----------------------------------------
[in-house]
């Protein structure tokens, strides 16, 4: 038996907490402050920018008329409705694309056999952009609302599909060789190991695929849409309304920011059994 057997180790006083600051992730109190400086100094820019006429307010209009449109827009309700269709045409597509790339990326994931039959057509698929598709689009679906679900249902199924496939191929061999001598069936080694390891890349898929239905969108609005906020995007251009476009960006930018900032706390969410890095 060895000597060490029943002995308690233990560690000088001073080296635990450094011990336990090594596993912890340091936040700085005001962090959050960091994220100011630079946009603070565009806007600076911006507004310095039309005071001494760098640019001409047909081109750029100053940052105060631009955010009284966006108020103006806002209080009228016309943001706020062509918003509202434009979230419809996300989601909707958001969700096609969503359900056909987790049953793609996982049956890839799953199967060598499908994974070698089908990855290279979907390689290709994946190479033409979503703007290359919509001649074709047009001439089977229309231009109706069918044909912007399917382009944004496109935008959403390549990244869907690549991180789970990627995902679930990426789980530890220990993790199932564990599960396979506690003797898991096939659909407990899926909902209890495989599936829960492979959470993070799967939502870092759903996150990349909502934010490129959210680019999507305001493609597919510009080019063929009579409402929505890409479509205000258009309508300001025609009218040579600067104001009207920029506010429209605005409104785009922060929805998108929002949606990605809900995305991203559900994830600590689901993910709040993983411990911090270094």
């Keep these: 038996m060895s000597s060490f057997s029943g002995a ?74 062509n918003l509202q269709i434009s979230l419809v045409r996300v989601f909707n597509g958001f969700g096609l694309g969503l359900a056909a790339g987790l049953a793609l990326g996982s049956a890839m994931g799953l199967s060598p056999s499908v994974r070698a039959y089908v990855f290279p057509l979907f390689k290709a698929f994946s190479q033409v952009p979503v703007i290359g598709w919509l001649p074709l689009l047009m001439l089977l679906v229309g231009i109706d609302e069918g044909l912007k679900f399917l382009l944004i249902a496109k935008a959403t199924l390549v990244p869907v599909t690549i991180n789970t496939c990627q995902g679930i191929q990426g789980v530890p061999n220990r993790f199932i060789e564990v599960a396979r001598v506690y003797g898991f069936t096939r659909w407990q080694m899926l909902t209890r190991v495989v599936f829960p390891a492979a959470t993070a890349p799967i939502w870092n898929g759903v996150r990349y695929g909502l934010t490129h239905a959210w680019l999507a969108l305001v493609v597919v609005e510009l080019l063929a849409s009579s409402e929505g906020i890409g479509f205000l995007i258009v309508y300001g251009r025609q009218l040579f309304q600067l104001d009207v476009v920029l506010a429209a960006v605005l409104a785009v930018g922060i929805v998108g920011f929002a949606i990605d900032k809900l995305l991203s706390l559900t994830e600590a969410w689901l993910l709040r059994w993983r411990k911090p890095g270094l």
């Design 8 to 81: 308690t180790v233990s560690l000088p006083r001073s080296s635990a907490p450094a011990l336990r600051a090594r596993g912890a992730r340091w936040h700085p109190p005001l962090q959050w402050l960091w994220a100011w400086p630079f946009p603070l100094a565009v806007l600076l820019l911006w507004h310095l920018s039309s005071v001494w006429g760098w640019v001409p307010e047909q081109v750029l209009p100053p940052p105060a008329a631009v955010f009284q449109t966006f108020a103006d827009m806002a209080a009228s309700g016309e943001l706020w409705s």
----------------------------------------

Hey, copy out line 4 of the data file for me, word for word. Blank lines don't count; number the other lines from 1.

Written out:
């Design 8 to 81: 308690t180790v233990s560690l000088p006083r001073s080296s635990a907490p450094a011990l336990r600051a090594r596993g912890a992730r340091w936040h700085p109190p005001l962090q959050w402050l960091w994220a100011w400086p630079f946009p603070l100094a565009v806007l600076l820019l911006w507004h310095l920018s039309s005071v001494w006429g760098w640019v001409p307010e047909q081109v750029l209009p100053p940052p105060a008329a631009v955010f009284q449109t966006f108020a103006d827009m806002a209080a009228s309700g016309e943001l706020w409705s």